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Passengers in fear as fire shuts down Virgin engine

Flames seen coming from the engines of flight VA148 soon after takeoff

Source: X/Vani Mehrotra

A Melbourne-bound Virgin flight has been forced to make an emergency landing when fire shut down one of the plane’s engines shortly after takeoff in New Zealand.

The terrifying incident is believed to have been caused by a bird strike shortly after Virgin Australia flight VA148 left Queenstown Airport about 6pm Monday (local time).

Frightened passengers could see the engine in flames before the Boeing 737-800 diverted to Invercargill, in southern NZ.

Fire engines met the plane as it landed about 50 minutes after takeoff, Fire and Emergency New Zealand shift supervisor Lynn Crosson said.

One passenger told Sunrise he got a “hell of a shock” to see flames while the flight was in the air.

Passengers heard a “bang” and looked out the window to see the engine was on fire.

“It was quite scary,” he said.

“I’ve never heard anything like it before. Every few seconds you could see flames coming from the engine. I am thankful it’s landed safely.”

The engine was ‘spitting flames’ from takeoff. Photo: Supplied

Another passenger, Michael Hayward, told the ABC he was sitting just behind the wing and heard several bangs.

“I’m as close to the engine as you can probably get on an aeroplane, sat on the exhaust. That first bang was not quite into shock but it was like, hmm, that’s not right, what’s going on there,” he said.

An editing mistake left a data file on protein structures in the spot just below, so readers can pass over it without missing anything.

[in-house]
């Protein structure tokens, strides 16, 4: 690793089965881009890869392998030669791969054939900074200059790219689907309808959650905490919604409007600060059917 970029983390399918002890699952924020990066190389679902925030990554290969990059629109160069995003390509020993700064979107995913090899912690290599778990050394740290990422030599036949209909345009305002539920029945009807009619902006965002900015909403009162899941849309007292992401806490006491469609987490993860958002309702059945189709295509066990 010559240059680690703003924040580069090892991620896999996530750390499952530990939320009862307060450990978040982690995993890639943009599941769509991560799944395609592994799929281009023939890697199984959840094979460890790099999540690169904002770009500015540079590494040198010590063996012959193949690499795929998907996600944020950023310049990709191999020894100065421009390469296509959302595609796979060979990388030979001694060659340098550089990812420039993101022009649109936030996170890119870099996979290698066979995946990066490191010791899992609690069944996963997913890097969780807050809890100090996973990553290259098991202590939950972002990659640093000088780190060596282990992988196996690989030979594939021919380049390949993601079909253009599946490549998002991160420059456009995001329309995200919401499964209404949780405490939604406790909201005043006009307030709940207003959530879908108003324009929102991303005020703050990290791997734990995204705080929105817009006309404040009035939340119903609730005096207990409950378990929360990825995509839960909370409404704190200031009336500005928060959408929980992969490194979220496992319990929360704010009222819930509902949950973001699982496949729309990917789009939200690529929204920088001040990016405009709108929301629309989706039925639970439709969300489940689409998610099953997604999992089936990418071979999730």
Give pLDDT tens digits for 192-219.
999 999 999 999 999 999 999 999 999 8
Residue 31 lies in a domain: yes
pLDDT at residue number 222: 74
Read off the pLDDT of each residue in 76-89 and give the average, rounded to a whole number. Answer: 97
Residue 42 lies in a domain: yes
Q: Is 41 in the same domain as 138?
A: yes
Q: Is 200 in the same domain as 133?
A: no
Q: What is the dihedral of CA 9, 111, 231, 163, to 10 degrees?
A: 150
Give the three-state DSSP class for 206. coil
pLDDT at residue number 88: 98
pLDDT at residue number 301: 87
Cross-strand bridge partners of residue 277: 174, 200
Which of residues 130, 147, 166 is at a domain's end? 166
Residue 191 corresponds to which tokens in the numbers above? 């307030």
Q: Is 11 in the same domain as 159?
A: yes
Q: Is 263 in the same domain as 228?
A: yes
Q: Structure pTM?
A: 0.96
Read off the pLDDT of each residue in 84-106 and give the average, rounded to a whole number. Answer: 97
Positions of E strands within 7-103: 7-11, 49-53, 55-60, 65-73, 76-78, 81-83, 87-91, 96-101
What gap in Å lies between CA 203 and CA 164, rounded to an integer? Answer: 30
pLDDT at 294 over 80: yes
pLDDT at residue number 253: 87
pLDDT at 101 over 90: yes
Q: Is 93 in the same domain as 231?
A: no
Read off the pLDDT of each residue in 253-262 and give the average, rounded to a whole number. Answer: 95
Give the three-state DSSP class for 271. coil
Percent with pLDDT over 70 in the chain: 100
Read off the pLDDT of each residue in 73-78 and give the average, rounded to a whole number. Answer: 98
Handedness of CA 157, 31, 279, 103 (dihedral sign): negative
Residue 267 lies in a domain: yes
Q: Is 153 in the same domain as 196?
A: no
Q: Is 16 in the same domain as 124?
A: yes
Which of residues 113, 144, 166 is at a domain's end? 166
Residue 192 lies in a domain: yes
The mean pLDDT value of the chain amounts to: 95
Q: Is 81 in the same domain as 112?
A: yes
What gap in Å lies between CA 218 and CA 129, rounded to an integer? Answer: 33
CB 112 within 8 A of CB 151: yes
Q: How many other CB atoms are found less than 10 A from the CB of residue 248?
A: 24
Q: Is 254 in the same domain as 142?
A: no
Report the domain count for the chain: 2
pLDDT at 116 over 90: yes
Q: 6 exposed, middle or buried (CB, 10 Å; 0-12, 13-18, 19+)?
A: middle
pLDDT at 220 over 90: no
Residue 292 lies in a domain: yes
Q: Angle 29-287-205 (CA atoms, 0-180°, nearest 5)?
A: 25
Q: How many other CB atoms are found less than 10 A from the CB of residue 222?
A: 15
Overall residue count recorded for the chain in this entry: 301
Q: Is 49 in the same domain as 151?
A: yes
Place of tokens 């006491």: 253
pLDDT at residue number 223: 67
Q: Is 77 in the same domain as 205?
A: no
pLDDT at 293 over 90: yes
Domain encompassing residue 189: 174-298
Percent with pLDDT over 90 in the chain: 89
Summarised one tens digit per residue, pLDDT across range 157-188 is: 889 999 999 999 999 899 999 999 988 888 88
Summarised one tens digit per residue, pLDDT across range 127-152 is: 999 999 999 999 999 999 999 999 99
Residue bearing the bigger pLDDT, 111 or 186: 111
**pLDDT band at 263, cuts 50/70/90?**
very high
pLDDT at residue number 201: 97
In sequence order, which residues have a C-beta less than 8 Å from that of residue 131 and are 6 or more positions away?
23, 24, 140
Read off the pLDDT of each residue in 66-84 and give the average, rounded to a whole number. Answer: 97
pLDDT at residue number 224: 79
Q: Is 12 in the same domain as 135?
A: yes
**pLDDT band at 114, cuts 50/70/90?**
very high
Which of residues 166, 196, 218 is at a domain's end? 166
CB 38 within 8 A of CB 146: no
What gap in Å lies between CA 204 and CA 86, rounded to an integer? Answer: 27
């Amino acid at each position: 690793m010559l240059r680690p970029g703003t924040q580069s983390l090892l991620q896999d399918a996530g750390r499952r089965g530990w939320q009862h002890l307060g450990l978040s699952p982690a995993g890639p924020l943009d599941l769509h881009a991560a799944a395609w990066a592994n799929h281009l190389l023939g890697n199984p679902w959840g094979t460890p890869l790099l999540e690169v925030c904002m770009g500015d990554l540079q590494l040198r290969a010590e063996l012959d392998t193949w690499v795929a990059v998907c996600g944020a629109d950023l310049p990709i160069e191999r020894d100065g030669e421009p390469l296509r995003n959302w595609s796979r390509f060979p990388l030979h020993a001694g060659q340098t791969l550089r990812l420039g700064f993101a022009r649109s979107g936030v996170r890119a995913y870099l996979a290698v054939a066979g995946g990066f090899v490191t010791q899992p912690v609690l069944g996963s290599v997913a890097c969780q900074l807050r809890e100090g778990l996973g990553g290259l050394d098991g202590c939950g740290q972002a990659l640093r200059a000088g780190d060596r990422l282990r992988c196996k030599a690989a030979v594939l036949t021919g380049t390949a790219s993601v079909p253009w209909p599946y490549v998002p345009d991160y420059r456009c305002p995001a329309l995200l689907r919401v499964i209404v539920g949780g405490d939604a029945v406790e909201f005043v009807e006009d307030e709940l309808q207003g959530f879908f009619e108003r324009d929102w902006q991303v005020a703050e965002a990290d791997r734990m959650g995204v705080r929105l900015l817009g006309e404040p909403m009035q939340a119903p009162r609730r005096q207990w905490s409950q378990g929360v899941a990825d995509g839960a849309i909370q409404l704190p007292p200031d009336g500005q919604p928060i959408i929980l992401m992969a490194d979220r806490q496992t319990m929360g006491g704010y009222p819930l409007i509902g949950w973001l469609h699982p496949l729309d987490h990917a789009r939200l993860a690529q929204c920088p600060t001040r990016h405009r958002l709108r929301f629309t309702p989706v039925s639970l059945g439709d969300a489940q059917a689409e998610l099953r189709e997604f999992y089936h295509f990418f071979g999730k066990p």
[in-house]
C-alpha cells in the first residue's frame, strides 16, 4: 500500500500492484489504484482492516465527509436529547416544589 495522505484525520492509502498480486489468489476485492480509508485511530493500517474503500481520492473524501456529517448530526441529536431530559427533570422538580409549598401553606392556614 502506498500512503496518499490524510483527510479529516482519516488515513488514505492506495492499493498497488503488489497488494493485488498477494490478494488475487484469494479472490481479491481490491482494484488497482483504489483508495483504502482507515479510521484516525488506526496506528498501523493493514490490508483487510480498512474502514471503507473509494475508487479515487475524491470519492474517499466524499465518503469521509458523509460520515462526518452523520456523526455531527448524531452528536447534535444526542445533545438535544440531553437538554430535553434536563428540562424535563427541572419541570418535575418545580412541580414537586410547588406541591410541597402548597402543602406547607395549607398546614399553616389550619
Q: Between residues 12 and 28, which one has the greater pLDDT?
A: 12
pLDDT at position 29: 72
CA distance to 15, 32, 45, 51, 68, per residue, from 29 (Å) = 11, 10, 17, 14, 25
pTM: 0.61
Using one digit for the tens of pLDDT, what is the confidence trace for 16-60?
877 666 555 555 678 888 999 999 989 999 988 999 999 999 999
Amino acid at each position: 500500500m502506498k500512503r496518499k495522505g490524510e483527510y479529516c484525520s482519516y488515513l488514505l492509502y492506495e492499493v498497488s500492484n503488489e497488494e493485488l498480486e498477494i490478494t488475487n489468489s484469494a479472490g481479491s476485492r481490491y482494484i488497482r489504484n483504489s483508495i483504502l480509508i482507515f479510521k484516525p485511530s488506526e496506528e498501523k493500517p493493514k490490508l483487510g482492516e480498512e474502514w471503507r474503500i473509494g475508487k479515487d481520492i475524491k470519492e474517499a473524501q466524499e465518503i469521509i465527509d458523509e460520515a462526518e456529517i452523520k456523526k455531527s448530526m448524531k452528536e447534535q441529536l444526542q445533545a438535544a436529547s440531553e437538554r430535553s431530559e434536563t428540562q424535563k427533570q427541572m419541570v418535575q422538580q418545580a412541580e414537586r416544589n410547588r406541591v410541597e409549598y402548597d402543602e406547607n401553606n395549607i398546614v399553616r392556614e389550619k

He said the plane was “spitting flames” within seconds of leaving the tarmac in Queenstown.

“It’s certainly out of the ordinary. It’s unusual and at this point, it’s also out of your control. So quite the dramatic takeoff yesterday.”

He told the ABC passengers panicked at first, but then began to settle down for the reminder of the flight.

“Honestly, the last half hour of that flight, you probably didn’t realise there was a problem.”

The cause of the engine fire and the number of passengers on board the plane were not immediately known, Queenstown Airport spokesperson Catherine Nind said.

Virgin Australia chief operations officer Stuart Aggs said the incident may have been caused by “a possible bird strike”. Later, media reported the rare incident might have involved a flock of birds.

“At this time, we are not aware of any physical injuries to guests or crew,” Aggs said.

Passengers were to be accommodated in Invercargill overnight and new flights would be arranged, Aggs said.

The rate of birds striking planes at New Zealand’s airports is about four in every 10,000 aircraft movements, NZ’s aviation regulator says on its website.

The consequences vary in severity depending on where the aircraft is hit, the size of the birds and the pilot’s reaction, the Civil Aviation Authority says.

 

Queenstown, with a population of 53,000, is a popular tourist destination on NZ’s South Island, famous for skiing, adventure tourism and alpine vistas.

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